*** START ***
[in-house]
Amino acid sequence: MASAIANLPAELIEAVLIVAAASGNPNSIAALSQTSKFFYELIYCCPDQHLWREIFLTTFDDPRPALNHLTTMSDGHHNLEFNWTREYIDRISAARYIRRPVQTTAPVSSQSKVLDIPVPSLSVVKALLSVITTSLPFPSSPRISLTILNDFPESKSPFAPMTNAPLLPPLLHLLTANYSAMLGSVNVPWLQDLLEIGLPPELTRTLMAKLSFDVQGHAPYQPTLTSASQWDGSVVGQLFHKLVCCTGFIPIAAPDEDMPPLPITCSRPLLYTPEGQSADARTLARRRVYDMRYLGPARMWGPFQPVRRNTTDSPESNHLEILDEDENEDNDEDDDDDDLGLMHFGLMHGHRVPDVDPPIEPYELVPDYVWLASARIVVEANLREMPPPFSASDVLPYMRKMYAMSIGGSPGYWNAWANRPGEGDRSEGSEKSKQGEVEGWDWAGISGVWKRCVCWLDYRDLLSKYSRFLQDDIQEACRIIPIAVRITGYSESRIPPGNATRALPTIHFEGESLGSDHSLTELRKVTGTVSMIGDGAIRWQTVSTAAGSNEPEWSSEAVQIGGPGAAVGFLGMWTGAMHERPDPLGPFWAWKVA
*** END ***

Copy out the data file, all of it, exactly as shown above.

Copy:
[in-house]
Amino acid sequence: MASAIANLPAELIEAVLIVAAASGNPNSIAALSQTSKFFYELIYCCPDQHLWREIFLTTFDDPRPALNHLTTMSDGHHNLEFNWTREYIDRISAARYIRRPVQTTAPVSSQSKVLDIPVPSLSVVKALLSVITTSLPFPSSPRISLTILNDFPESKSPFAPMTNAPLLPPLLHLLTANYSAMLGSVNVPWLQDLLEIGLPPELTRTLMAKLSFDVQGHAPYQPTLTSASQWDGSVVGQLFHKLVCCTGFIPIAAPDEDMPPLPITCSRPLLYTPEGQSADARTLARRRVYDMRYLGPARMWGPFQPVRRNTTDSPESNHLEILDEDENEDNDEDDDDDDLGLMHFGLMHGHRVPDVDPPIEPYELVPDYVWLASARIVVEANLREMPPPFSASDVLPYMRKMYAMSIGGSPGYWNAWANRPGEGDRSEGSEKSKQGEVEGWDWAGISGVWKRCVCWLDYRDLLSKYSRFLQDDIQEACRIIPIAVRITGYSESRIPPGNATRALPTIHFEGESLGSDHSLTELRKVTGTVSMIGDGAIRWQTVSTAAGSNEPEWSSEAVQIGGPGAAVGFLGMWTGAMHERPDPLGPFWAWKVA